The proposed study has the unique possibility to take advantage of a case control study of Faroese PD patients, conducted in 2005 with 79 PD patients and 154 controls. During 1995-2005, the average annual incidence for PD in the Faroese Islands was 21.1 per 100.000 persons. From 2005 until now, approximately 40 new PD cases probably have emerged. These new cases will be identified through the local neurology specialist Poul Joensen and invited to participate in a study identical to the former. The patients will receive a letter of invitation and one week later a follow-up telephone call. They will be examined at the Department of Occupational Medicine and Public Health in Torshavn, or if not possible, at their residence. The Faroese population Registry will be recruited pr. new PD case matched by date of birth and sex.
Blood and hair sample will be collected from the new cases and controls in order to assess the current concentrations of serum POPs’, blood and hair mercury. Blood samples from patients and controls in the already conducted study as well as from the new case and controls will be analyzed for D-vitamin level and carnitine level. Genotype analysis will also be preformed in order to clarify possible polymorphism in the D-vitamin receptor (VDR), the carnitine transporter, the nitic oxide synthases (NOS) genes and the LREK2 gene.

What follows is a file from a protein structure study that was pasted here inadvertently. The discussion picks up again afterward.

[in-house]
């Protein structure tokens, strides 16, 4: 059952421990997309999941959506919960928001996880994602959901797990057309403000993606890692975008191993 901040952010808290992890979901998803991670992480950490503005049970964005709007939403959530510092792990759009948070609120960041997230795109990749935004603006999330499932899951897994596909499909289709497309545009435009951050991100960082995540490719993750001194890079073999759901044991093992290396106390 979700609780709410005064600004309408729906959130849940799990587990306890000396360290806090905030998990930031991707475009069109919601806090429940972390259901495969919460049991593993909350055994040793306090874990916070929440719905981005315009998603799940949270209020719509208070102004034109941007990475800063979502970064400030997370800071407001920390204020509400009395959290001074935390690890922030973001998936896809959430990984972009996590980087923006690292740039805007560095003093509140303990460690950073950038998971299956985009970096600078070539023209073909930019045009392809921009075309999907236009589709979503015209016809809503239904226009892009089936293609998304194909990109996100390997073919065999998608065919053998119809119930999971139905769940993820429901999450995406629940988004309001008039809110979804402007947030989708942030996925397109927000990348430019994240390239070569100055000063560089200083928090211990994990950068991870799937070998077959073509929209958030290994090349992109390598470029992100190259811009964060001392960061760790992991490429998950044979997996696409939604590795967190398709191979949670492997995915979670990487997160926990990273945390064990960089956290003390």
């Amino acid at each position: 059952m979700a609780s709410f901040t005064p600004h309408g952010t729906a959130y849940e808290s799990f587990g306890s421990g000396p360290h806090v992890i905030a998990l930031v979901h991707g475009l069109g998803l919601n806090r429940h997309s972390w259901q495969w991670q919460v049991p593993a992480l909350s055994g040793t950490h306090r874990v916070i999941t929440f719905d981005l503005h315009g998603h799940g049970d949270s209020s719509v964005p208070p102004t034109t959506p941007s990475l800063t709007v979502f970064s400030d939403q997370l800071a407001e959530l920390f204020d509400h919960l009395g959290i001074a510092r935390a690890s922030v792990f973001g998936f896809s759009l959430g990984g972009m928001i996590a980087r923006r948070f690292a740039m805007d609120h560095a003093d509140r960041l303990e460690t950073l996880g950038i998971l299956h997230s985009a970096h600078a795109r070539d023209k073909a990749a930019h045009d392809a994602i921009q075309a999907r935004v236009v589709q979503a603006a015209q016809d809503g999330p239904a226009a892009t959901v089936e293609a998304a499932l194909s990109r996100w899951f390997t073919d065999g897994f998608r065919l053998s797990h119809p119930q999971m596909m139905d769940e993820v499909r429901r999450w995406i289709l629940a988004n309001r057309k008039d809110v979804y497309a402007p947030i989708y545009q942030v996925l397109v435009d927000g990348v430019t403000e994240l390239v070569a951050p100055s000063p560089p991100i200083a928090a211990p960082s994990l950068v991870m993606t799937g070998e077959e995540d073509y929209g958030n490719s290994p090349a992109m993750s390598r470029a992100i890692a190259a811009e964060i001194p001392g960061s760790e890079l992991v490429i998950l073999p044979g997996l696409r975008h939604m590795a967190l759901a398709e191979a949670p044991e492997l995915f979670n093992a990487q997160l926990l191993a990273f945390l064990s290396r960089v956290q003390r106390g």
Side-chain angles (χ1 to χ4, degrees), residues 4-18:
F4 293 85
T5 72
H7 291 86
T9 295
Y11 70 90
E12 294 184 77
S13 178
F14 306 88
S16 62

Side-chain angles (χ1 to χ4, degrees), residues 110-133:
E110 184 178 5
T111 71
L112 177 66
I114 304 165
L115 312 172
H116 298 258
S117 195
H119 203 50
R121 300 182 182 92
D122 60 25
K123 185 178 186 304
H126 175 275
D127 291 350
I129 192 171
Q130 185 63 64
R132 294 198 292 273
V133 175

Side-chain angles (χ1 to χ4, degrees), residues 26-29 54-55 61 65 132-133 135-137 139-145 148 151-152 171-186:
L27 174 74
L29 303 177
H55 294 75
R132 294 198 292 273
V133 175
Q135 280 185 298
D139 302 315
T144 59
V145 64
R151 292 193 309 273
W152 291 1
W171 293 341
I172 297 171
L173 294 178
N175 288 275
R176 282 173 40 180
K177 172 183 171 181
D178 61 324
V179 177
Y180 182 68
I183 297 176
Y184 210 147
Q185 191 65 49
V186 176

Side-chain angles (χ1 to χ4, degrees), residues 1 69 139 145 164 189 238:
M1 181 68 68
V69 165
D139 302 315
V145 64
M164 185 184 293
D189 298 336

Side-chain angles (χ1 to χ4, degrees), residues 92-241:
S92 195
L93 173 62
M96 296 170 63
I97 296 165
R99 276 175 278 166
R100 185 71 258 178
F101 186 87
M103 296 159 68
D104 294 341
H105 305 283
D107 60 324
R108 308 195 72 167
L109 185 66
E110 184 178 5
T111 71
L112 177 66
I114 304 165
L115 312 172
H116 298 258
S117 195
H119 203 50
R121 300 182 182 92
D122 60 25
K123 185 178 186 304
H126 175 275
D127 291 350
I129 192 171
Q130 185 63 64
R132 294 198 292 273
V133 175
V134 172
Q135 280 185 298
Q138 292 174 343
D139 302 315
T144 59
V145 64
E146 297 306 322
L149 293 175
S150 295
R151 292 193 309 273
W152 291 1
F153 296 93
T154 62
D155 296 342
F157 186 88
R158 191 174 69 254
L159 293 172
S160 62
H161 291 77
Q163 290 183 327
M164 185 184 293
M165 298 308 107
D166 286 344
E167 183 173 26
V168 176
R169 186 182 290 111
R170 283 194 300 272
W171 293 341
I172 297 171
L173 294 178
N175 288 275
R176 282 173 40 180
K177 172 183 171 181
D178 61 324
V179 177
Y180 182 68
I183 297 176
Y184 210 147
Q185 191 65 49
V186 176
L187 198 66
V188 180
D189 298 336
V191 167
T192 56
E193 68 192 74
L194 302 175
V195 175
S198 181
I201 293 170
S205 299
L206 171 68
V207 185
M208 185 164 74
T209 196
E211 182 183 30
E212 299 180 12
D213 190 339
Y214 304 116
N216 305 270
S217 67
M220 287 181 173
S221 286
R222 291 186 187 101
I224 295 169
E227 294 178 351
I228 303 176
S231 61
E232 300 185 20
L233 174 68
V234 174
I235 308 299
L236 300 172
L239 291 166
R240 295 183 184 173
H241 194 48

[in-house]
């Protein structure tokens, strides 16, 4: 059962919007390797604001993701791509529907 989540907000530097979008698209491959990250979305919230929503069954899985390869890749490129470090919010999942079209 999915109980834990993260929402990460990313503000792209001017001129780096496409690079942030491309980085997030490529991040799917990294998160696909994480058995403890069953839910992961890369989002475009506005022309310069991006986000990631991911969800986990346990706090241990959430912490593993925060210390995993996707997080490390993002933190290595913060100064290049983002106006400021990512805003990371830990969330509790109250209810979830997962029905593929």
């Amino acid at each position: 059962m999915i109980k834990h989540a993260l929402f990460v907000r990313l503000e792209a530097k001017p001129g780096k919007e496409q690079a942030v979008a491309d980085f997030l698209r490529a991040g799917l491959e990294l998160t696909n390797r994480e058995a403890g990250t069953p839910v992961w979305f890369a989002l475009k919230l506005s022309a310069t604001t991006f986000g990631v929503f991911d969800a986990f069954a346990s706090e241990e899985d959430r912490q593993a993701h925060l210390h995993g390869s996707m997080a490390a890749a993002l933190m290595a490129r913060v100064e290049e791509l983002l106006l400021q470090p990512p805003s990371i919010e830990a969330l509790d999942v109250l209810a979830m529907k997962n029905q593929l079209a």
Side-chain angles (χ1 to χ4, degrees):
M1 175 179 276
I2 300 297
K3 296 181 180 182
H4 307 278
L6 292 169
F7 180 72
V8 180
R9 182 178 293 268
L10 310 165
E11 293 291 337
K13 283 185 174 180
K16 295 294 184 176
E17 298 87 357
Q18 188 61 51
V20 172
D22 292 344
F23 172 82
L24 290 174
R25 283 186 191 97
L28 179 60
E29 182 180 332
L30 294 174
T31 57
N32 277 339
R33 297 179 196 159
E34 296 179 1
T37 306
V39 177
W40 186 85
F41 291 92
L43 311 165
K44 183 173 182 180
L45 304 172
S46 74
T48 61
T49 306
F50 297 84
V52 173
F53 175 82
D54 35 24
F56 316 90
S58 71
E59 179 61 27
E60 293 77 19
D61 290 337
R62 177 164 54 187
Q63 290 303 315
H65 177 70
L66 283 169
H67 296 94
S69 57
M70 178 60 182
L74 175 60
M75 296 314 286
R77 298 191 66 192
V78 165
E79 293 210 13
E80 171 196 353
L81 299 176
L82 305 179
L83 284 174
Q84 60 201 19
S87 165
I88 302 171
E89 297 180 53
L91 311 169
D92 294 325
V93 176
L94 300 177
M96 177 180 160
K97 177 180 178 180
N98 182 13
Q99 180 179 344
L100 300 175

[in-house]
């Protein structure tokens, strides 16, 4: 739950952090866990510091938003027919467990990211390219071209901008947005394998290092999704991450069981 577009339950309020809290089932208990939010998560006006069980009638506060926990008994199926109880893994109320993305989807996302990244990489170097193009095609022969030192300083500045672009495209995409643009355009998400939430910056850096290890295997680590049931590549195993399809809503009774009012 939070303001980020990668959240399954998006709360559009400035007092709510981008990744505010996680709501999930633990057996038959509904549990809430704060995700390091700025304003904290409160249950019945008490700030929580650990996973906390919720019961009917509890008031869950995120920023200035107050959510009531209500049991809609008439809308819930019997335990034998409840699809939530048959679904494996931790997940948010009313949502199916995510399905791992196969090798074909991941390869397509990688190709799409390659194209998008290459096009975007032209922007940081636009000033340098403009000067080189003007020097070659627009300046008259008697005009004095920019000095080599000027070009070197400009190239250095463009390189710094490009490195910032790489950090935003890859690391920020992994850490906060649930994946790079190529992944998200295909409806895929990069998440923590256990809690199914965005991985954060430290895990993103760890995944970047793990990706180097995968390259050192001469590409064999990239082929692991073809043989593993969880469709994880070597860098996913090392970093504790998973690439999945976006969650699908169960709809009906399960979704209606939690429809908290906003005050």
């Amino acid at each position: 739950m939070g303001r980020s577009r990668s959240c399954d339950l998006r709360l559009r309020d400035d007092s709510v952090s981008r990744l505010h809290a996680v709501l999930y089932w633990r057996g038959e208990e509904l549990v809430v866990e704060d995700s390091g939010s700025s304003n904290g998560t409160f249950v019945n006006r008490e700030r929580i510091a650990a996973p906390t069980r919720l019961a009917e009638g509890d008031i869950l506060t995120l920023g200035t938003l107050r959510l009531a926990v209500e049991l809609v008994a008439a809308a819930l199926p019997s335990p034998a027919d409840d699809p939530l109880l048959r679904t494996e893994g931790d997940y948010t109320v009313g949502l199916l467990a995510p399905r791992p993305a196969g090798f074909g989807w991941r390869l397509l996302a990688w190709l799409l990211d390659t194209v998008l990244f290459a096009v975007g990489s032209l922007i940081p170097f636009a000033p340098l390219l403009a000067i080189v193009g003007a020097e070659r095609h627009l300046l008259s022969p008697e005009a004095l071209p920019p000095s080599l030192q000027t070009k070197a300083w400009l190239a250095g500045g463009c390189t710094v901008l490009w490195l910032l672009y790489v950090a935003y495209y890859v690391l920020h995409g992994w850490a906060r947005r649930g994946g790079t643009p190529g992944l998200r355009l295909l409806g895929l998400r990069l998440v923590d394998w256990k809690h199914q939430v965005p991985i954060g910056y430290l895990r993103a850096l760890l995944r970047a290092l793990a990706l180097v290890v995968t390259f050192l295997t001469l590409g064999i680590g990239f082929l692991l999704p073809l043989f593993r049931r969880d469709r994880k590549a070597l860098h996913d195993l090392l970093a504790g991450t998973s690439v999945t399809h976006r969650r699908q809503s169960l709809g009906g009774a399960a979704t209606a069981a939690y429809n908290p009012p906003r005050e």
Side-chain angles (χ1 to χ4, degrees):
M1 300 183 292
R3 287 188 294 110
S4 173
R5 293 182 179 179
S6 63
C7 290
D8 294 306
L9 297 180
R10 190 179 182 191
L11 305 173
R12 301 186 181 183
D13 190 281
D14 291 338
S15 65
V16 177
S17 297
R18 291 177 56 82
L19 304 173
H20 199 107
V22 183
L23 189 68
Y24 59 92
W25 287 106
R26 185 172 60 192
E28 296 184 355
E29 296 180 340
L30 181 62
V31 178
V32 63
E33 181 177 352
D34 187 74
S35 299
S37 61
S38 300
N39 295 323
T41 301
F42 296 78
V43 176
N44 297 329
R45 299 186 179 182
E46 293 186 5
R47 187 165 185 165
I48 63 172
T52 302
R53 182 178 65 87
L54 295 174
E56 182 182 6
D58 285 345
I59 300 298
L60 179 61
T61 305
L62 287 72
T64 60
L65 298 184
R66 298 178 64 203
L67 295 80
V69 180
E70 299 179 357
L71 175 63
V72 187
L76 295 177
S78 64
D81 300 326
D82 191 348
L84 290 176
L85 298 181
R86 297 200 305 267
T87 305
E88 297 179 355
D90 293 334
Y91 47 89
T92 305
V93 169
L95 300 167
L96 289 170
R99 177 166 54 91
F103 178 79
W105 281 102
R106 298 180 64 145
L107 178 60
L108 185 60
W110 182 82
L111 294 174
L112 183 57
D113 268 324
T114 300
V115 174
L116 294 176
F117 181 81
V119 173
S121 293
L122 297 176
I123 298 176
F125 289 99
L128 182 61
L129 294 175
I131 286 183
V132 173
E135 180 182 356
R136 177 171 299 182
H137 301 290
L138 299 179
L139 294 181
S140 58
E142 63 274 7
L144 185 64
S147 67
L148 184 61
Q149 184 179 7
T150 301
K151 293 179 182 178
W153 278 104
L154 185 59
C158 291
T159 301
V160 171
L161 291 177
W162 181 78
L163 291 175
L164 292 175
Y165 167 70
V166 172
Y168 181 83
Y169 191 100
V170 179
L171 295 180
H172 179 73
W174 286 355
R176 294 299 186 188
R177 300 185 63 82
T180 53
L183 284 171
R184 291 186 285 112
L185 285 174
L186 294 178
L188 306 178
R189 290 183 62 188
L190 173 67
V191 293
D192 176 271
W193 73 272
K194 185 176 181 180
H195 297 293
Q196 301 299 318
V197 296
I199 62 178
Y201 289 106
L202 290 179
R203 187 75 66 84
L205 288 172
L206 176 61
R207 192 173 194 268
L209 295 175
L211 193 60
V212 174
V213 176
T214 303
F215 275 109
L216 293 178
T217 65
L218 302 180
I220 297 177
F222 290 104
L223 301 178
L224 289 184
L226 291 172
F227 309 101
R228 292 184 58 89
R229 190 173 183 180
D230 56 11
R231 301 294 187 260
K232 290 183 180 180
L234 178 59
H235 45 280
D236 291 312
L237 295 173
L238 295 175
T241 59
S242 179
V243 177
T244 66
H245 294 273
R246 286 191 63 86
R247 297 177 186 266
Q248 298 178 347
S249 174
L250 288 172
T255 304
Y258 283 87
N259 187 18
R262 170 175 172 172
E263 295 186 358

Despite many years of research on Parkinson’s disease (PD), the etiology remains poorly understood. The relative contribution of genetic versus environmental factors is still a matter of debate. Many different etiologic factors seem to be capable of causing PD and individual vulnerability may further complicate the picture. Genetic factors and environmental toxicants, perhaps in interaction, that cause oxidative stress in the brain are particularly relevant when studying PD risk factors and gene-environment interactions. PD occurs in the Faroese at a prevalence about twice as high as expected and the reason for this access is unknown. Mainly environmental factors have been explored in the Faroese. Thus, looking at heterogeneities causing e.g. oxidative stress and known PD genes, preferable in interaction with environmental factors, is also essential when trying to explain the high prevalence of PD in the Faroes and this was the aim of this case-control study:
1.to study polymorphisms of the VDR gene and the contribution of low vitamin D concentration to the risk of developing PD.
2.to study polymorphism in the NOS genetic variants as a risk factor for PD
3.to study polymorphism in the PON1 as a risk factor for PD
4.to study carnitine transporter mutations and the contribution of low carnitine levels to the risk of developing PD
5.to study the prevalence of PD mutations in Faroese Islands.